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Open Forum Infect Dis ; 9(11): ofac596, 2022 Nov.
Article in English | MEDLINE | ID: covidwho-2135527


Background: Studies on the pulmonary consequences of severe acute respiratory syndrome coronavirus 2 (SARS-CoV-2) infection are impeded by limited access to pre-SARS-CoV-2 examinations. Methods: We invited Copenhagen General Population Study participants with a confirmed SARS-CoV-2 polymerase chain reaction (PCR) test during the first and second coronavirus disease 2019 waves in Denmark for a repeat chest computed tomography (CT) scan. Paired CT scans were independently assessed for interstitial and noninterstitial abnormalities by 2 trained radiologists. A semiquantitative CT score (ranging from 0 to 20) was used to quantify the extent of interstitial abnormalities. Results: Of 111 SARS-CoV-2-infected individuals, 102 (91.2%) experienced symptoms and 12 (11.2%) were hospitalized. Follow-up examination was performed at median of 5.4 (interquartile range, 4.1-7.8) months after a positive SARS-CoV-2 PCR test. Of 67 individuals with paired CT scans, ground glass opacities and reticulation were present in 31 (46.3%) individuals post-SARS-CoV-2 compared to 23 (34.1%) pre-SARS-CoV-2 (mean CT score, 3.0 vs 1.3; P = .011). Results were similar for nonhospitalized individuals. We did not detect development of bronchiectasis, emphysema, or nodules. Conclusions: SARS-CoV-2 infection in predominantly nonhospitalized individuals with mild disease was associated with a small increase in only interstitial lung abnormalities.

J Infect Dis ; 225(8): 1308-1316, 2022 04 19.
Article in English | MEDLINE | ID: covidwho-1705456


BACKGROUND: To quantify the potential decline in dynamic lung volumes following coronavirus disease 2019 (COVID-19) in the general population. METHODS: A prospective matched cohort study of adult Copenhagen General Population Study (CGPS) participants with a prepandemic spirometry available. CGPS individuals with positive severe acute respiratory syndrome coronavirus 2 (SARS-CoV-2) polymerase chain reaction (PCR) test performed repeat spirometry, a questionnaire regarding respiratory symptoms, and diffusing capacity test for carbon monoxide. A matched uninfected CGPS control sample was used, and simple regression and linear mixed effect models were computed to study lung function decline. RESULTS: A total of 606 individuals were included; 92/107 (85.9%) with positive SARS-CoV-2 PCR test experienced coronavirus disease 2019 (COVID-19) symptoms and 12 (11.2%) were hospitalized. Spirometry was performed at median 5.6 months (interquartile range, 3.9-12.8) after positive SARS-CoV-2 PCR test. COVID-19 was associated with adjusted 7.3 mL (95% confidence interval [CI], .3-14.3) and 22.6 mL (95% CI, 13.1-32.0) steeper decline in annual forced expiratory volume in first second (FEV1) and FVC or total 113.8 and 301.3 mL lower FEV1 and FVC from baseline to follow-up. Results were robust in analyses restricted to individuals not requiring hospitalization. CONCLUSIONS: COVID-19-related declines of dynamic lung volume in the general population not requiring hospitalization were small but measurable.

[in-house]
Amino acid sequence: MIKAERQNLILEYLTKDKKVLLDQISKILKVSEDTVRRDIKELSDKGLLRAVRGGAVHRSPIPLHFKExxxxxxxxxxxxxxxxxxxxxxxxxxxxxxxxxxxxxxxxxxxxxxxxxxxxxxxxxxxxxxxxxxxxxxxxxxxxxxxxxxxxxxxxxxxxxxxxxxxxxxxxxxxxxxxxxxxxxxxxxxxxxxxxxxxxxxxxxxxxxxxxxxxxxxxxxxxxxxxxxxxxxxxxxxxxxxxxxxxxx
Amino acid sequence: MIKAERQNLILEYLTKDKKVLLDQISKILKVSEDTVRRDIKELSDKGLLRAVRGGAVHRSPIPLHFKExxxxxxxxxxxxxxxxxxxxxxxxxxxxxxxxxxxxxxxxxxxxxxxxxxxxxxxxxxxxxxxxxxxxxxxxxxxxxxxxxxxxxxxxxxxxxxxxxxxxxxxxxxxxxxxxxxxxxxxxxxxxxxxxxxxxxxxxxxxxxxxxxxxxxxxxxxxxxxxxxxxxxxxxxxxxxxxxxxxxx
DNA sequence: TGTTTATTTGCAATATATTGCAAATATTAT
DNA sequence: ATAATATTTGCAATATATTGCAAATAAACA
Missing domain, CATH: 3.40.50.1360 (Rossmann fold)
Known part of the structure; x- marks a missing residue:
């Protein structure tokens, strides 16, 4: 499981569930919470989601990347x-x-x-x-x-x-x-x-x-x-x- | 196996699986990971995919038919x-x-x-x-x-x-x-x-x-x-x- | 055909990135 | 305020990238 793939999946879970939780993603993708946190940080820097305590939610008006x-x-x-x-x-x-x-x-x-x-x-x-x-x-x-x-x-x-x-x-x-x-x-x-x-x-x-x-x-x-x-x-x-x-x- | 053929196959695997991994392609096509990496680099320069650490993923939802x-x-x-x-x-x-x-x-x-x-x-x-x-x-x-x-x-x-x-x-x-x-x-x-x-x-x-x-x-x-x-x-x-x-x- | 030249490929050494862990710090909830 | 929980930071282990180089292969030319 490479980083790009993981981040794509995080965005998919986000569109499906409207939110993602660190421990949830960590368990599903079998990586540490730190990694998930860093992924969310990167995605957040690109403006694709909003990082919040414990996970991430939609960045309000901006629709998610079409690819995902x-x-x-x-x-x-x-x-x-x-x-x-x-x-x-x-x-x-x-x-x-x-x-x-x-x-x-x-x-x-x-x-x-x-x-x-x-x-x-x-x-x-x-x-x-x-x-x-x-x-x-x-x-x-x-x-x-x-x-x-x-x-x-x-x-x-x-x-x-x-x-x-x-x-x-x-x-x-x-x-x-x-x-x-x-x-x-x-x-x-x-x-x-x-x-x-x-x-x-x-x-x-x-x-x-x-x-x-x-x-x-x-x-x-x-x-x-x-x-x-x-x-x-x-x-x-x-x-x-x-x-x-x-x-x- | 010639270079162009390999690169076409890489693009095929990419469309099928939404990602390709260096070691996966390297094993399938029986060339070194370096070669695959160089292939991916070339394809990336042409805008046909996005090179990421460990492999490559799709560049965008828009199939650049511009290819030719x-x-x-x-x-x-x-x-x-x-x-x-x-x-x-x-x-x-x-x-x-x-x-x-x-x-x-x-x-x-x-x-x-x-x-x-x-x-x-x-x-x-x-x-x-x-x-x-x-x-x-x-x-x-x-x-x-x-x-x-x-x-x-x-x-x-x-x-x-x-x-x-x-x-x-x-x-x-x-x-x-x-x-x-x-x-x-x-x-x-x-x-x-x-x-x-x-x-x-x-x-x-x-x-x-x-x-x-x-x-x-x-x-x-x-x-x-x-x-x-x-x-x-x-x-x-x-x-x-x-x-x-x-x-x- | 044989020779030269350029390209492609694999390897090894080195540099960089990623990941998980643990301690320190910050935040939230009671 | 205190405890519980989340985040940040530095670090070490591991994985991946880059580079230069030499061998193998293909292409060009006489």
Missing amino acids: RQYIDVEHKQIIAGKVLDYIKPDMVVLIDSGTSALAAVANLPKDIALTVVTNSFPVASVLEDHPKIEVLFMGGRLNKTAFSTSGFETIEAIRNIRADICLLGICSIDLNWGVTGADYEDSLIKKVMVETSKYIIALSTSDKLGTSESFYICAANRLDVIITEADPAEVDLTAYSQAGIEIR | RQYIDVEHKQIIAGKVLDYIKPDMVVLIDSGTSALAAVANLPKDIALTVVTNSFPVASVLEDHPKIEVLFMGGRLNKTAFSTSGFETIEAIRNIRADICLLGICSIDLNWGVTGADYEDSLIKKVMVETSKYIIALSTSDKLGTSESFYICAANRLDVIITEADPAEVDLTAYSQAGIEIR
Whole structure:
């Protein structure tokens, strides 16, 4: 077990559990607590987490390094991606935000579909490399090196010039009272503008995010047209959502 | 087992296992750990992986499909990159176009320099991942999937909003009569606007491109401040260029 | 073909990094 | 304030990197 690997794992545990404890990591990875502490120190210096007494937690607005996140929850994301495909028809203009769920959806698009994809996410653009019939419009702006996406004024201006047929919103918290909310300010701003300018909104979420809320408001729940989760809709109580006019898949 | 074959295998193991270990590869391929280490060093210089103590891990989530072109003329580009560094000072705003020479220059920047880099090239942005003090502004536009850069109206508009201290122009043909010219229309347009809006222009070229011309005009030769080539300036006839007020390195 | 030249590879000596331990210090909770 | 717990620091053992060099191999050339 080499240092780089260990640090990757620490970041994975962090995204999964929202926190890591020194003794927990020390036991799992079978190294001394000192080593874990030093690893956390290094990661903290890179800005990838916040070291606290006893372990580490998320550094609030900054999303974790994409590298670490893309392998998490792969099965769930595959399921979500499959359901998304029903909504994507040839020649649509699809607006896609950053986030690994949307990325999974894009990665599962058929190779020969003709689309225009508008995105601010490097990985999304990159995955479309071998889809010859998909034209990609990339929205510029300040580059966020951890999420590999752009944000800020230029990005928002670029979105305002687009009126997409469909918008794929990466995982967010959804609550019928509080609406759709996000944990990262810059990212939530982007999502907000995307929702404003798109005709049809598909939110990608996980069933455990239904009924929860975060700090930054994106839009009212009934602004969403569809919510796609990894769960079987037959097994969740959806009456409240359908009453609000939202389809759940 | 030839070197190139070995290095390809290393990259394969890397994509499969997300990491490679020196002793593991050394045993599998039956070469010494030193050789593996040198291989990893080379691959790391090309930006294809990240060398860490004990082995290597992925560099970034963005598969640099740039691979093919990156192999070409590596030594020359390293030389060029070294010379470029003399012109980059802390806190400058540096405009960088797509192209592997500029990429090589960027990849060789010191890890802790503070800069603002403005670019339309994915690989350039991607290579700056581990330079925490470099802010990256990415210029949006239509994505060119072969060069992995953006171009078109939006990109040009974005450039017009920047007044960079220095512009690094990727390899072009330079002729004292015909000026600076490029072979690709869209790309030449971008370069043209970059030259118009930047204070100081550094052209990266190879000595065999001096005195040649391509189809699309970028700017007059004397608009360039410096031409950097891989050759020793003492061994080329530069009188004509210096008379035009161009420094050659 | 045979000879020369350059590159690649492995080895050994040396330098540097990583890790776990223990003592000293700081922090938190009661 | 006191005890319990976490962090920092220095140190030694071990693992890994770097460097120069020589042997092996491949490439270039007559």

COVID-19 , Adult , Cohort Studies , Humans , Lung , Prospective Studies , SARS-CoV-2 , Vital Capacity